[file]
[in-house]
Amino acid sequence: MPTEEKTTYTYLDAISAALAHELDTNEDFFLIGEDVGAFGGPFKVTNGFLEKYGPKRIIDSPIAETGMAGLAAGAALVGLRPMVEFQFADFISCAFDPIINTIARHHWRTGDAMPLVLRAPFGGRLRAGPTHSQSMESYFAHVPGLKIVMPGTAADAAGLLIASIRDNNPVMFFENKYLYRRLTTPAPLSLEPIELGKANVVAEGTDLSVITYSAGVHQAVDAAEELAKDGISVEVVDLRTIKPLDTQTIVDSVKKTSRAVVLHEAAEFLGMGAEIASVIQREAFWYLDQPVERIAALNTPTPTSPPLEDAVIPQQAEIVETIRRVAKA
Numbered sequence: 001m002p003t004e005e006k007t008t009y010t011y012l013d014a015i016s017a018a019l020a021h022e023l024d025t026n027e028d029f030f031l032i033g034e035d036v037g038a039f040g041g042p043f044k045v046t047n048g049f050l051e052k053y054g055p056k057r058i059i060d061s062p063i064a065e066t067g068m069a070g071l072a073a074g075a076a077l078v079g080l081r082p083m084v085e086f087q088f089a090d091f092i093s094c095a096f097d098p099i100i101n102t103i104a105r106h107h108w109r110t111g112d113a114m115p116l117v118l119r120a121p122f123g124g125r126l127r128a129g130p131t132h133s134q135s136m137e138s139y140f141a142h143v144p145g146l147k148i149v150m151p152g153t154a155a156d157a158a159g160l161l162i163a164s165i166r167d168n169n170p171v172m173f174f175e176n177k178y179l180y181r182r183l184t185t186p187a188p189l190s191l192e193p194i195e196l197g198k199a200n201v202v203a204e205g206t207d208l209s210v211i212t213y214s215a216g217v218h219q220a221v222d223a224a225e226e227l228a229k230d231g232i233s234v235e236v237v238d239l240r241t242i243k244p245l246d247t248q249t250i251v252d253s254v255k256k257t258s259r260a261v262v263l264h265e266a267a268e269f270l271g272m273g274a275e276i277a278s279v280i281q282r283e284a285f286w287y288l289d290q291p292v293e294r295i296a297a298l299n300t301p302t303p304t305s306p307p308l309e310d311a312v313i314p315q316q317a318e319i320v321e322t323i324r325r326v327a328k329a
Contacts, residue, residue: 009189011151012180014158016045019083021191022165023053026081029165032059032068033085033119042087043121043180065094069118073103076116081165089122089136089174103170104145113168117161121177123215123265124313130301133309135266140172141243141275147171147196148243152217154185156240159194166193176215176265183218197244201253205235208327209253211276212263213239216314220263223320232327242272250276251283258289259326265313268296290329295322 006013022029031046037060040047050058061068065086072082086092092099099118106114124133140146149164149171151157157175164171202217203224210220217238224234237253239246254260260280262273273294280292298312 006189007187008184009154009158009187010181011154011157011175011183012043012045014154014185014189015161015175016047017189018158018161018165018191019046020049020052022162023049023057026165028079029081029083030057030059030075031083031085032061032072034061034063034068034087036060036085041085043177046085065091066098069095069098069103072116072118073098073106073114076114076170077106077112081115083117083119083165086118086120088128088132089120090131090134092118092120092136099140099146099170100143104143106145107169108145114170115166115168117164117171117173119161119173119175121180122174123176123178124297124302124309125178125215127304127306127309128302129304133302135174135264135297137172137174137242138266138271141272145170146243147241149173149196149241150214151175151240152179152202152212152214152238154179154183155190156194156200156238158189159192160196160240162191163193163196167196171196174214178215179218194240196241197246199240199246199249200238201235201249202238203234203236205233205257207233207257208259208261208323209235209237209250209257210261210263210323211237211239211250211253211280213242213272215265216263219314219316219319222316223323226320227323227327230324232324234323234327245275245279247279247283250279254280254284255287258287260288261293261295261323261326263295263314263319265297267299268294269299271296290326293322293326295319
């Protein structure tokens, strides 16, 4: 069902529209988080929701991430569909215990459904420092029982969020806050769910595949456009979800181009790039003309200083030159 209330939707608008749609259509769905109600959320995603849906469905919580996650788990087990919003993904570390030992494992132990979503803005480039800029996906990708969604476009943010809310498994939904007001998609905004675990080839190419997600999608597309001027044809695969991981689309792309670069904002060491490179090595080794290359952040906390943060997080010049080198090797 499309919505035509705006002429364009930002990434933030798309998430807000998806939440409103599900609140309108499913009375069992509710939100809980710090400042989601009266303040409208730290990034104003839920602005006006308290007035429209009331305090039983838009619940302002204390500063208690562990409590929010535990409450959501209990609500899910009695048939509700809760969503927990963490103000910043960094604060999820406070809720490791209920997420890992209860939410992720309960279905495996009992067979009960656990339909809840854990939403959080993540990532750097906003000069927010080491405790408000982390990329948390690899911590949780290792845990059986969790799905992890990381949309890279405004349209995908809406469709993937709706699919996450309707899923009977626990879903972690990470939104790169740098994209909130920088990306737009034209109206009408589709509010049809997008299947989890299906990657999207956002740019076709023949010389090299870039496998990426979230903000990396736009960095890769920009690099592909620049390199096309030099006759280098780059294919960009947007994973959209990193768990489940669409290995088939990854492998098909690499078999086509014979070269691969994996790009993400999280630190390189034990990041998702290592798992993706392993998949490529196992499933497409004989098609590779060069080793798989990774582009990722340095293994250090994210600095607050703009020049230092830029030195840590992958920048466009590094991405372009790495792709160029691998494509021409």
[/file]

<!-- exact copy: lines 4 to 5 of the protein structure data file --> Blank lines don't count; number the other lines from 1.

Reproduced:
Contacts, residue, residue: 009189011151012180014158016045019083021191022165023053026081029165032059032068033085033119042087043121043180065094069118073103076116081165089122089136089174103170104145113168117161121177123215123265124313130301133309135266140172141243141275147171147196148243152217154185156240159194166193176215176265183218197244201253205235208327209253211276212263213239216314220263223320232327242272250276251283258289259326265313268296290329295322 006013022029031046037060040047050058061068065086072082086092092099099118106114124133140146149164149171151157157175164171202217203224210220217238224234237253239246254260260280262273273294280292298312 006189007187008184009154009158009187010181011154011157011175011183012043012045014154014185014189015161015175016047017189018158018161018165018191019046020049020052022162023049023057026165028079029081029083030057030059030075031083031085032061032072034061034063034068034087036060036085041085043177046085065091066098069095069098069103072116072118073098073106073114076114076170077106077112081115083117083119083165086118086120088128088132089120090131090134092118092120092136099140099146099170100143104143106145107169108145114170115166115168117164117171117173119161119173119175121180122174123176123178124297124302124309125178125215127304127306127309128302129304133302135174135264135297137172137174137242138266138271141272145170146243147241149173149196149241150214151175151240152179152202152212152214152238154179154183155190156194156200156238158189159192160196160240162191163193163196167196171196174214178215179218194240196241197246199240199246199249200238201235201249202238203234203236205233205257207233207257208259208261208323209235209237209250209257210261210263210323211237211239211250211253211280213242213272215265216263219314219316219319222316223323226320227323227327230324232324234323234327245275245279247279247283250279254280254284255287258287260288261293261295261323261326263295263314263319265297267299268294269299271296290326293322293326295319
């Protein structure tokens, strides 16, 4: 069902529209988080929701991430569909215990459904420092029982969020806050769910595949456009979800181009790039003309200083030159 209330939707608008749609259509769905109600959320995603849906469905919580996650788990087990919003993904570390030992494992132990979503803005480039800029996906990708969604476009943010809310498994939904007001998609905004675990080839190419997600999608597309001027044809695969991981689309792309670069904002060491490179090595080794290359952040906390943060997080010049080198090797 499309919505035509705006002429364009930002990434933030798309998430807000998806939440409103599900609140309108499913009375069992509710939100809980710090400042989601009266303040409208730290990034104003839920602005006006308290007035429209009331305090039983838009619940302002204390500063208690562990409590929010535990409450959501209990609500899910009695048939509700809760969503927990963490103000910043960094604060999820406070809720490791209920997420890992209860939410992720309960279905495996009992067979009960656990339909809840854990939403959080993540990532750097906003000069927010080491405790408000982390990329948390690899911590949780290792845990059986969790799905992890990381949309890279405004349209995908809406469709993937709706699919996450309707899923009977626990879903972690990470939104790169740098994209909130920088990306737009034209109206009408589709509010049809997008299947989890299906990657999207956002740019076709023949010389090299870039496998990426979230903000990396736009960095890769920009690099592909620049390199096309030099006759280098780059294919960009947007994973959209990193768990489940669409290995088939990854492998098909690499078999086509014979070269691969994996790009993400999280630190390189034990990041998702290592798992993706392993998949490529196992499933497409004989098609590779060069080793798989990774582009990722340095293994250090994210600095607050703009020049230092830029030195840590992958920048466009590094991405372009790495792709160029691998494509021409």